Fitness Facts: Glaucoma

January 19, 2022 / by / 0 Comment
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By Connie Colbert
GCU Director of Health Services

January is Glaucoma Awareness Month. You have never heard of glaucoma or simply do not know what it is? Well, I am here to tell you!

According to the Glaucoma Research Foundation:

Connie Colbert

“Glaucoma is called ‘the sneak thief of sight’ since there are no symptoms and once vision is lost, it’s permanent. As much as 40% of vision can be lost without a person noticing.

Glaucoma is the leading cause of irreversible blindness. It is most prevalent among the African American and Latino populations and is 6 to 8 times more common in African Americans than Caucasians.

More than 3 million Americans and over 60 million people worldwide have glaucoma. Experts estimate that half of them don’t know they have it. Combined with our aging population, we can see an epidemic of blindness looming if we don’t raise awareness about the importance of regular eye examinations to preserve vision. The World Health Organization estimates that 4.5 million people worldwide are blind because of glaucoma.

Glaucoma is a group of eye conditions that cause damage the optic nerve, mainly through increased pressure in the eye. Less frequently, however, the optic nerve is damaged when the pressure is normal.

The optic nerve is a bundle of more than 1 million nerve fibers that carry visual messages from the back of your eye (the retina) to your brain. A health optic nerve is necessary for good vision.    

Prevention is the key to keeping the disease from progressing.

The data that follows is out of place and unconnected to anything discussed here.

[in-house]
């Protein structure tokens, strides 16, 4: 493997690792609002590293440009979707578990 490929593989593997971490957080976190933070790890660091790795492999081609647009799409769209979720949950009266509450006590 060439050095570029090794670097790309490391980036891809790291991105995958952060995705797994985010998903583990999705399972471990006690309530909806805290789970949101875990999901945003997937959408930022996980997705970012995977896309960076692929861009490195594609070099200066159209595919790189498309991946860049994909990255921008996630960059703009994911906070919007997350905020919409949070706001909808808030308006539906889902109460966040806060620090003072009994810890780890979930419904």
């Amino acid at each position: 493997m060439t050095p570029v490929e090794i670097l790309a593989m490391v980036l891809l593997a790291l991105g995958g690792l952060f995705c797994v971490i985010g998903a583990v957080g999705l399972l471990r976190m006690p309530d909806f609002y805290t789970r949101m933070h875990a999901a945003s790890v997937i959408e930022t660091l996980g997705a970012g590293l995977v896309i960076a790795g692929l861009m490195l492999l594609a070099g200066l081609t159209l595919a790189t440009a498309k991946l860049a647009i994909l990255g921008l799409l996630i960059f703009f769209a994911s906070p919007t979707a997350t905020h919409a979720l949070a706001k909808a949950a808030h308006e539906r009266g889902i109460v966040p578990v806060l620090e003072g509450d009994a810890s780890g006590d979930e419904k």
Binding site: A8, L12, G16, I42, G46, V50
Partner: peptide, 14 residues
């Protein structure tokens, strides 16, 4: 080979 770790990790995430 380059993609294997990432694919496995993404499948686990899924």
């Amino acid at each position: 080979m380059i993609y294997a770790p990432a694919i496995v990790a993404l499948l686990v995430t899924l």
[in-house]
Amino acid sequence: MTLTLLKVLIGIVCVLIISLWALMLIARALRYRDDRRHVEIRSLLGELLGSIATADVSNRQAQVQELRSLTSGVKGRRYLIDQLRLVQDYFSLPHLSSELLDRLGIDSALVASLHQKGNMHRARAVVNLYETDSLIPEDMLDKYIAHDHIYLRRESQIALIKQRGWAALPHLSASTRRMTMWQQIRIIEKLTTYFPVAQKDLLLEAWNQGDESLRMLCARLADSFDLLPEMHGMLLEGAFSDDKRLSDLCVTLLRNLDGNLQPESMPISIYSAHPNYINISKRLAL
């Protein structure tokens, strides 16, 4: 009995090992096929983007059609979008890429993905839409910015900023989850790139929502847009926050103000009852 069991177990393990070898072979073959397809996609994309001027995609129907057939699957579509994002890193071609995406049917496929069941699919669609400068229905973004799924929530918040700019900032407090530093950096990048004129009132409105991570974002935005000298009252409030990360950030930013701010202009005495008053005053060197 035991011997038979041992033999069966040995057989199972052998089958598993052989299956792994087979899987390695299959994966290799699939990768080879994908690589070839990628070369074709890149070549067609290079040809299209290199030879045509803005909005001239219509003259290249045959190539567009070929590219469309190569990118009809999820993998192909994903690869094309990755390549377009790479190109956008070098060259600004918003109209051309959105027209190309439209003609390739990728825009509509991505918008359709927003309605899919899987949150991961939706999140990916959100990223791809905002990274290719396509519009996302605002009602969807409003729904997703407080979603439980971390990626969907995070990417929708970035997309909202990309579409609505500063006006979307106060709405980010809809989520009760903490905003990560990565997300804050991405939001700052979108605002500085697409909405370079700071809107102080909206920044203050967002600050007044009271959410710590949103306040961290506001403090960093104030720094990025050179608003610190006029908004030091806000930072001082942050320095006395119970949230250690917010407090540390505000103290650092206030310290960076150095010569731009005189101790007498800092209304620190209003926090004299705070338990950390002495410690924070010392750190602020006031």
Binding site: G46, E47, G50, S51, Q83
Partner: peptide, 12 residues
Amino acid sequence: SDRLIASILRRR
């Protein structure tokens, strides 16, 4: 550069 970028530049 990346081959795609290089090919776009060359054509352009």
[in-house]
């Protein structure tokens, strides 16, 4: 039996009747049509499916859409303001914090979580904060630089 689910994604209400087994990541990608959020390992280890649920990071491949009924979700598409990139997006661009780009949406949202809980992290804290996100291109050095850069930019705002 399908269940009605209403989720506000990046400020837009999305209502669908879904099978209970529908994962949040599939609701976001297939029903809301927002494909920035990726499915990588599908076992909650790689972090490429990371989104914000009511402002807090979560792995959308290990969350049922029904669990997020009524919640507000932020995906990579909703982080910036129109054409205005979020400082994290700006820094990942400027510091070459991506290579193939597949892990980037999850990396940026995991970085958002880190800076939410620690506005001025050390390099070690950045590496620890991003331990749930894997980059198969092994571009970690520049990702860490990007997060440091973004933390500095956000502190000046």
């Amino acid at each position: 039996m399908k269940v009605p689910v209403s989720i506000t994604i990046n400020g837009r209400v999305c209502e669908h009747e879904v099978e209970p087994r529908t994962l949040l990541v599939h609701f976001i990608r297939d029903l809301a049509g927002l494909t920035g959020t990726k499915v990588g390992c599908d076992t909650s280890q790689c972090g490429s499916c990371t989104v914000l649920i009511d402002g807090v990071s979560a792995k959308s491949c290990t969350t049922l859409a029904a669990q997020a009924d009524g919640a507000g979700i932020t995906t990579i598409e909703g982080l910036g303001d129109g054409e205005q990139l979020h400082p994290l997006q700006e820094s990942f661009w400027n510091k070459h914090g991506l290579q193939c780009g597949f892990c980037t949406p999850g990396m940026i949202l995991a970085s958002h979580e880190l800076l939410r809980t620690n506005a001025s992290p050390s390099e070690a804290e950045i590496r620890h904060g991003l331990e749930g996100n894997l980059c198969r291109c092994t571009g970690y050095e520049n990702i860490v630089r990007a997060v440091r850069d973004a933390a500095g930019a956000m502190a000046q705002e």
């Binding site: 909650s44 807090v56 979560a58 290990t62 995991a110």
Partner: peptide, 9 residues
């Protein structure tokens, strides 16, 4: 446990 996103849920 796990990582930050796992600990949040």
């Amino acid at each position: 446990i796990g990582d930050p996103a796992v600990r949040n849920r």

What should you look for? If you experience any of the below, visit your eye doctor for a comprehensive exam:

  • Loss of peripheral or side vision:This is usually the first sign of glaucoma.
  • Seeing halos around lights: If you see rainbow-colored circles around lights or are unusually sensitive to light, it could be a sign of glaucoma.
  • Vision loss:Especially if it happens suddenly.
  • Redness in the eye:Sometimes accompanied by pain, which may be a sign of injury, infection or acute glaucoma.
  • Eye that looks hazy:A cloudy-looking cornea is the most common early sign of childhood glaucoma.
  • Nausea or vomiting:Especially when it accompanies severe eye pain.
  • Pain in the eye and in the head:This often occurs in angle-closure glaucoma, a type of glaucoma that can develop quickly.
  • Tunnel vision:You may start to lose vision around the edges of your visual field.

The most common forms of glaucoma mostly affect the middle-aged and the elderly, but glaucoma can affect people of all ages.

There are, however, risk factors that can make you more susceptible to Glaucoma. They include:

  • People of African, Asian, and Hispanic descent
  • People over 60
  • Family members of those already diagnosed
  • People diagnosed with diabetes
  • People who are severely nearsighted

Regular eye exams are especially important for those at higher risk for glaucoma and may help to prevent unnecessary vision loss.

If you have glaucoma, treatment can begin immediately.

There is currently no cure for glaucoma, but there are treatment options if it is detected early enough.


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